JSS  Vol.3 No.4 , April 2015
The Impact of an Environmental Educational Program of a School Garden on Pupils with Intellectual Disabilities—A Comparative Approach
ABSTRACT
The following research describes an attempt to combine environmental education through outdoor activities in Special Education. It examines the use of a school garden as a learning environment in Special Education by looking at the stances and opinions of 10 pupils, diagnosed with mild to moderate intellectual disability, towards Environmental Education and prognoses barriers that may occur in the learning process. Specifically, the study focuses on the skills and subject knowledge those students have cultivated through a project called “School Garden”, highlighting the ideas pupils have, regarding the position of environmental education in their school curriculum. Using descriptive statistical analysis to compare the two groups of pupils, this research suggests the further practice of Environmental Education in Special Education. The research took place in two Special Education Primary Schools in Greece, while the data were collected using semi-structured interviews. The main conclusions of the research were that students who participated in their school’s environmental educational program seem to be more familiarized with a range of concepts related to the environment and possess skills linked directly to Environmental Education in relation to their peers that did not engage in the project, while pupils who participated in the “School Garden”, unlike their peers, perceived outdoor activities of their school as part of the learning process, in formal education. This study proposes further research to take place in the area of Environmental Education and Special Education.

Cite this paper
Stavrianos, A. and Spanoudaki, A. (2015) The Impact of an Environmental Educational Program of a School Garden on Pupils with Intellectual Disabilities—A Comparative Approach. Open Journal of Social Sciences, 3, 39-43. doi: 10.4236/jss.2015.34005.
References
[1]   Malone, K. and Tranter, P. (2003) School Grounds as Sites for Learning: Making the Most of Environmental Opportunities. Environmental Education and Research, 9, 283-303. http://dx.doi.org/10.1080/13504620303459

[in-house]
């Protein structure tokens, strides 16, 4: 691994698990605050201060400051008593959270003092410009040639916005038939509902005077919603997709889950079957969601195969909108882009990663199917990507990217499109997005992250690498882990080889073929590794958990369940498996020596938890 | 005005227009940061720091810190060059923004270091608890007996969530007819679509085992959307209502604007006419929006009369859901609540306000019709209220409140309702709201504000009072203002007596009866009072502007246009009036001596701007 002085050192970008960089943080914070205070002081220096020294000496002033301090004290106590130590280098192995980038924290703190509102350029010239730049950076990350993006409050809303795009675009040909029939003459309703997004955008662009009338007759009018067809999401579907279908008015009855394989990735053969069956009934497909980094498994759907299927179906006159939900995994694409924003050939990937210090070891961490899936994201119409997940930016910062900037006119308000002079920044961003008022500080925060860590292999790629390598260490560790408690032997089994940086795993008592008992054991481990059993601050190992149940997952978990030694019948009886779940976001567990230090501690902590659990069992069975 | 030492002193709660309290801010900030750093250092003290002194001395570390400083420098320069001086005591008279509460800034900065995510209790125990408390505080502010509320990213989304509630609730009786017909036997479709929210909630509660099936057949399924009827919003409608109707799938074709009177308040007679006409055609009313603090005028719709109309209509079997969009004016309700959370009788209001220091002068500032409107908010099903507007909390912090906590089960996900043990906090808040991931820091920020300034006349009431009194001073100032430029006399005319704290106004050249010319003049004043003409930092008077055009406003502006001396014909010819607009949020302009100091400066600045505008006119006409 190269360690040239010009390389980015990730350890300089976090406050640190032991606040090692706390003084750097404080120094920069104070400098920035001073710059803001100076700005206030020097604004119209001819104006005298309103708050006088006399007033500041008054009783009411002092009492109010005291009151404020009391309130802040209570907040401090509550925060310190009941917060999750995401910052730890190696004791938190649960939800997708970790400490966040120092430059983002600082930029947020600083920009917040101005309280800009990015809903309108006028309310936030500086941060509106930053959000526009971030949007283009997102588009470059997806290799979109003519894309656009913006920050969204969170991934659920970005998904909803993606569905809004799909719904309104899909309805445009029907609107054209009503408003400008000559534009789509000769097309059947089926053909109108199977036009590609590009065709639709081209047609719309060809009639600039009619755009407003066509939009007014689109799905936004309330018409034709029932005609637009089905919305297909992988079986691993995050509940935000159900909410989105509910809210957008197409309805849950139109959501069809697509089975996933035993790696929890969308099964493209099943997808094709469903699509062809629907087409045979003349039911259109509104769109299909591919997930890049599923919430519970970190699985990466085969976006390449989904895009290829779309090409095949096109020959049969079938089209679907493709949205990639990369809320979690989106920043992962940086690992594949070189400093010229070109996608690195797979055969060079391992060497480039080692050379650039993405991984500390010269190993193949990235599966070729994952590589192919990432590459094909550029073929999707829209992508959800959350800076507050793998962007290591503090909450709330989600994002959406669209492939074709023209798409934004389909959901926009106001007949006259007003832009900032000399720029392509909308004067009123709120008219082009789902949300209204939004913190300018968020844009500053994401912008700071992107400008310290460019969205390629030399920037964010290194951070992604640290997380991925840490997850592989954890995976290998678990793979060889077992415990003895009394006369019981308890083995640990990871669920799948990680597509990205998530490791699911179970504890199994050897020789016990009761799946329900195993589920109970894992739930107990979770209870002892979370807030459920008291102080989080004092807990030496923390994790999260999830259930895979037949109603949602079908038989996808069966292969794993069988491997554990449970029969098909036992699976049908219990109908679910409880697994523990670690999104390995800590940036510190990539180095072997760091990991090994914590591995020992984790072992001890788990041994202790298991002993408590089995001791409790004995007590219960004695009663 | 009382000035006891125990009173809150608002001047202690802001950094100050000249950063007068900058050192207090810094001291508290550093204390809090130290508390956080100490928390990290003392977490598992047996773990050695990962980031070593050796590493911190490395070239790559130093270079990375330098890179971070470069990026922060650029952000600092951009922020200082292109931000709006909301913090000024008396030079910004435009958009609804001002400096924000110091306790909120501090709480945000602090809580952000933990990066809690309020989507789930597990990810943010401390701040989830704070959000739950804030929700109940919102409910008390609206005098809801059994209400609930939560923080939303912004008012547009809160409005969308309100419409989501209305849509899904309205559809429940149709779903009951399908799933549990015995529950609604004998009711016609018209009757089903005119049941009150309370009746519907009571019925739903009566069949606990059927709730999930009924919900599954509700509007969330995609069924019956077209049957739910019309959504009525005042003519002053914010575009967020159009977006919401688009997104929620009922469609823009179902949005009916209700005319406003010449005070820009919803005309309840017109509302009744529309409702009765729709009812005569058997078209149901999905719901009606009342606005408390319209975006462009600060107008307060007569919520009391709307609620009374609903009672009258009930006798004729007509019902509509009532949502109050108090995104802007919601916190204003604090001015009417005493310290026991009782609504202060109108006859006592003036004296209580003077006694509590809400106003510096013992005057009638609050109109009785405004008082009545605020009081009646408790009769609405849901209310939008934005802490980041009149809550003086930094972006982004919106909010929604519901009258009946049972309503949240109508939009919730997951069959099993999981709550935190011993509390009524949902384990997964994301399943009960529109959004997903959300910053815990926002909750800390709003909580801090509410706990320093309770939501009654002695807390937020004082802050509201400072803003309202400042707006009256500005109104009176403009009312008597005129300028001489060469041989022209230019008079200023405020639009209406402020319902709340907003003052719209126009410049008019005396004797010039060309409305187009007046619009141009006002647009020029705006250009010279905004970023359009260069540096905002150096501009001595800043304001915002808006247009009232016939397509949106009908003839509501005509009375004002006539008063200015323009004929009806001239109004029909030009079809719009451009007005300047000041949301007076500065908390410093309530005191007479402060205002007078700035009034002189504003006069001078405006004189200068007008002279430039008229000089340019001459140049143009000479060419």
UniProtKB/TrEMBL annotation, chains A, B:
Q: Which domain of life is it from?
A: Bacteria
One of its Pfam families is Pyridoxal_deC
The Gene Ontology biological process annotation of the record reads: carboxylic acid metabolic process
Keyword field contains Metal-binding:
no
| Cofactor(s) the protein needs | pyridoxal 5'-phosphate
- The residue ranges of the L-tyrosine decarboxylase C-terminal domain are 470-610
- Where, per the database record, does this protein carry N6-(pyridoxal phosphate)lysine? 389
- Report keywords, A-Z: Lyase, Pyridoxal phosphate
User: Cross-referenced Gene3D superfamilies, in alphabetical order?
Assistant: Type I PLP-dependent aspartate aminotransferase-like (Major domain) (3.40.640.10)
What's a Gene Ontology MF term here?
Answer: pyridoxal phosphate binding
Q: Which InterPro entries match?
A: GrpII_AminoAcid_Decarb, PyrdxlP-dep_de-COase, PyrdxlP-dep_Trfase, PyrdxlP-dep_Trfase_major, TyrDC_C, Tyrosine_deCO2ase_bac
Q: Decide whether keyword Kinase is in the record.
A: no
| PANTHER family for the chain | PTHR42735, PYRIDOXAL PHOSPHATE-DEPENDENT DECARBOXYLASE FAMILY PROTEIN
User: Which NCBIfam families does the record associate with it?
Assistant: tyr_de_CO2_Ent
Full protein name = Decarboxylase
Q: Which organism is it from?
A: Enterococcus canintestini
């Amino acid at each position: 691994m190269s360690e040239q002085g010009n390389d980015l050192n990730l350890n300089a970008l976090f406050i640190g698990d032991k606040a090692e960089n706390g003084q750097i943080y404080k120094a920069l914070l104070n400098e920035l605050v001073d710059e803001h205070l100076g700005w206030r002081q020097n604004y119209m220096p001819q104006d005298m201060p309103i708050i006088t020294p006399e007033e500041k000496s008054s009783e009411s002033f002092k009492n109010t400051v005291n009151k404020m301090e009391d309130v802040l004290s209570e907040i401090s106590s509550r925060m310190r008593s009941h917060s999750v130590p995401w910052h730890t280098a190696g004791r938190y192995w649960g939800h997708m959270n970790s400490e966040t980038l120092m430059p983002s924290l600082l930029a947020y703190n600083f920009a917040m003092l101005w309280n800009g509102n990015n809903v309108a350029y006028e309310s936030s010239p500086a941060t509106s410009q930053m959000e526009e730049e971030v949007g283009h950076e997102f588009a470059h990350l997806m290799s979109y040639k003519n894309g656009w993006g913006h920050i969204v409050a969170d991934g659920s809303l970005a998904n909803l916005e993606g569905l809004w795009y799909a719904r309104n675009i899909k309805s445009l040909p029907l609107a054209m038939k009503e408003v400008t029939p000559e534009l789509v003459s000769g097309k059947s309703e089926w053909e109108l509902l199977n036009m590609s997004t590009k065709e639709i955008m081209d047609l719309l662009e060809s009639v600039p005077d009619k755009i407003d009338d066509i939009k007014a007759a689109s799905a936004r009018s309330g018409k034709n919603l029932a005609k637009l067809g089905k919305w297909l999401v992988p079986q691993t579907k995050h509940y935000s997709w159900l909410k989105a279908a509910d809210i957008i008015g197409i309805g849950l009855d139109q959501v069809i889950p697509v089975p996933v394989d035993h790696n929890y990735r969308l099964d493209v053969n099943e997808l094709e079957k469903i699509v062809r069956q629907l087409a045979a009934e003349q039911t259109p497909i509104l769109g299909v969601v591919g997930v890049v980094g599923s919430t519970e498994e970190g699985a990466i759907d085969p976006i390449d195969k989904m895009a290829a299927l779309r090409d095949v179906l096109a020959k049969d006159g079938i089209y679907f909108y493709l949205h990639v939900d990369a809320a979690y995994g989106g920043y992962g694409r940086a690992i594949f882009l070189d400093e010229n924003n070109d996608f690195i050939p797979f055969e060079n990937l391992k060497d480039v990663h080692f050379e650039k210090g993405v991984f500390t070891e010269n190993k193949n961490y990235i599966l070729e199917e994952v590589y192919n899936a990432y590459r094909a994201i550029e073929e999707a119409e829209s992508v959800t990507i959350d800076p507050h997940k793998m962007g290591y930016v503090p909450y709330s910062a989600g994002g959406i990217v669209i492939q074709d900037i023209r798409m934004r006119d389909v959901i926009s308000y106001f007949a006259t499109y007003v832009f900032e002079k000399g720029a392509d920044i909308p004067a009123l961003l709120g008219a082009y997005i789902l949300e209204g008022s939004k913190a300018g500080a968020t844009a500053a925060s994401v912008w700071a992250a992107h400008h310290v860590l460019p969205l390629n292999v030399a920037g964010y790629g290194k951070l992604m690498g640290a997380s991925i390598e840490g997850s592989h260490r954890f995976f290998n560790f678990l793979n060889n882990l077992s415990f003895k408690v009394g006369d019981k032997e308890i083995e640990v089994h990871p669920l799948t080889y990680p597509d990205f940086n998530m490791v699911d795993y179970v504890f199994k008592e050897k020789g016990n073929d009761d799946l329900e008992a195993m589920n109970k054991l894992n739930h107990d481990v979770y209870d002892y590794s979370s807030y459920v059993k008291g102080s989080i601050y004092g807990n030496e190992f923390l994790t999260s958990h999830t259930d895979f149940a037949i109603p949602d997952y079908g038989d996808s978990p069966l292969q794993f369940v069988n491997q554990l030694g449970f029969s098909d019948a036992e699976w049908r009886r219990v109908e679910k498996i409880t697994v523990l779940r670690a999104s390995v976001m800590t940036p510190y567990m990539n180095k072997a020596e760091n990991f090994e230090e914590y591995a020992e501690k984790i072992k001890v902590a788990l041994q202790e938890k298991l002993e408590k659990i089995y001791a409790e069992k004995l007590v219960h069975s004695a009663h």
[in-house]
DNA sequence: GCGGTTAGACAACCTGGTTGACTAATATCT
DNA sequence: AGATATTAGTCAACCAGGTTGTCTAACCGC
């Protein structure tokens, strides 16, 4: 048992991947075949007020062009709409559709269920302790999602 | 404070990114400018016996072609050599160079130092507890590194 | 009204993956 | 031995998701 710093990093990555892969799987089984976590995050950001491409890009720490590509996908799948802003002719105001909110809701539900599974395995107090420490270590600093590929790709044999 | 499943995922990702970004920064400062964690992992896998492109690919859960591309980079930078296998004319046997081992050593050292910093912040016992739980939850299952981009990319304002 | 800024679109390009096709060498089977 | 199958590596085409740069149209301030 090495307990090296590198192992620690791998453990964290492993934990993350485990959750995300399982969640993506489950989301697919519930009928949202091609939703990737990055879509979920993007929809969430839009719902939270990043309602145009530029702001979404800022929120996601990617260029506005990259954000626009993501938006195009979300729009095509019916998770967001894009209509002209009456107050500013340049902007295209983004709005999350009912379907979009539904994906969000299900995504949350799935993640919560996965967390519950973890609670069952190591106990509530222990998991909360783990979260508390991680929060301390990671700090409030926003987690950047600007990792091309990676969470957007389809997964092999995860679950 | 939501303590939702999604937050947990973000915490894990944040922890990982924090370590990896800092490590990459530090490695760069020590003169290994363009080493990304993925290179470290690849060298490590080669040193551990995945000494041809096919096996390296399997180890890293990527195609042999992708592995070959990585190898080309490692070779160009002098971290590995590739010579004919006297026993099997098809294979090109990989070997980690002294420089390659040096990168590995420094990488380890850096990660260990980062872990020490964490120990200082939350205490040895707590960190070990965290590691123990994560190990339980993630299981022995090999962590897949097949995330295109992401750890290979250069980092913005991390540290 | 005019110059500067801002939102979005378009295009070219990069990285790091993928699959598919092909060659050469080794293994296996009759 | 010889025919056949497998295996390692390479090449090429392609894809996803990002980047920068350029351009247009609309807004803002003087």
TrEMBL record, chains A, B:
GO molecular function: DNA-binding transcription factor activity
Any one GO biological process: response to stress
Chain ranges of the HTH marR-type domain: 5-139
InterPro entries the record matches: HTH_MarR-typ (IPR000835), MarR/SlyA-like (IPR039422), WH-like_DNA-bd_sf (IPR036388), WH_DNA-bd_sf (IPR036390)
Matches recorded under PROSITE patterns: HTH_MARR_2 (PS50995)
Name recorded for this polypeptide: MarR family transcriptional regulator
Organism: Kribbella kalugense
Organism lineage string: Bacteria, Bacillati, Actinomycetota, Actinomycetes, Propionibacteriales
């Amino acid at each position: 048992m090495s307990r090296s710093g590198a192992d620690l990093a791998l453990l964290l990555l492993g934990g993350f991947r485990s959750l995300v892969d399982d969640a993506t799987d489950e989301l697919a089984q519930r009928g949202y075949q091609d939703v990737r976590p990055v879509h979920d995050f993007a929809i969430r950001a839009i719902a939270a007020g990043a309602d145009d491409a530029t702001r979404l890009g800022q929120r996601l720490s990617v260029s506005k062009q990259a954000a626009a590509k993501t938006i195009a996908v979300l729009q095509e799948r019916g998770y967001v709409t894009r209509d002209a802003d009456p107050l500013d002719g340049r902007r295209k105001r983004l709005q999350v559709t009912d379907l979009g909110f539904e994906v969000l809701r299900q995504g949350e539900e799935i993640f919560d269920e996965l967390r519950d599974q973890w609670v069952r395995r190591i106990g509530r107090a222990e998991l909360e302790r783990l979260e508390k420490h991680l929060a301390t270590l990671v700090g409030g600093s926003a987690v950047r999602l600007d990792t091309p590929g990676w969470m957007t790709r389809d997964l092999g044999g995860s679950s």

[2]   Smith, A.G. (2007) Place-Based Education: Breaking through the Constraining Regularities of Public School. Environmental Education Research, 13, 189-207. http://dx.doi.org/10.1080/13504620701285180

[3]   Metochianakis (2006) Introduction to Pedagogy, B'. Metochianakis, Heraklion.

[4]   Bell, A.C. (2001) The Pedagogical Potential of School Grounds. In: Grant, T. and Littlejohn, G., Eds., Greening School Grounds: Creating Habitats for Learning, New Society Publishers, Gabriola Island, 9-11.

[5]   Coffey, A. (2001) Transforming School Grounds. In: Grant, T. and Littlejohn, G., Eds., Greening School Grounds: Creating Habitats for Learning, New Society Publishers, Gabriola Island, 2-5.

[6]   Germanos, D. (2001) Space and Teaching Procedures. Gutenberg, Athens.

[7]   Skamp, K. and Bergmann, I. (2001) Facilitating Learnscape Development, Maintenance and Use: Teacher’s Perceptions and Self-Reported Practice. Environmental Education Research, 7, 333-358. http://dx.doi.org/10.1080/13504620120081241

[8]   Tomas, G. and Loxley, A. (2001) Deconstructing Special Education and Constructing Inclusion. Open University Press, Buckingham.

[9]   Chapman, N. and Pease, L. (2006) Special Environmental Education for the Learning Disabled. Environmental Education and Awareness, 1, 169-188.

[10]   Liarakou, G. (2002) Environmental Education: A Tool for Inclusion of Pupils with Special Needs in Mainstream Education. Sychroni Ekpaideusi, 124, 104-110.

[11]   Kaplan, R. and Kaplan, S. (1989) The Experience of Nature: A Psychological Perspective. Cambridge University Press, New York.

[12]   Bauer, P.J., Dow, G.A., Bittinger, A.A. and Wenner, J.A. (1998) Accepting and Exempting the Unexpected: 30- Month-Olds’ Generalization of Event Knowledge. Cognitive Development, 13, 421-452. http://dx.doi.org/10.1016/S0885-2014(98)90002-8

[13]   Green, M. (2007) Food Gardens: Cultivating a Pedagogy of Place. Gippsland AARE Conference, Monash University, Fremantle.

[14]   Chawla, L. (1994) Gardening as an Initiation into Environmental Action. American Horticulturist, 73, 6-78.

[15]   Lohr, V.I. and Relf, P.D. (2000) An Overview of the Current State of Human Issues in Horticulture in the United States. Hort Technology, 10, 27-33.

[16]   Rivkin, M. (1997) The School Yard Habitat Movement: What It Is and Why Children Need It. Early Childhood Education Journal, 25, 61-66. http://dx.doi.org/10.1023/A:1025694100870

[17]   Kellert, S. (1993) Introduction. In: Kellert, R.S. and Wilson, E.O., Eds., The Biophilia Hypothesis, Island Press/Shearwater, Washington DC.

 
 
Top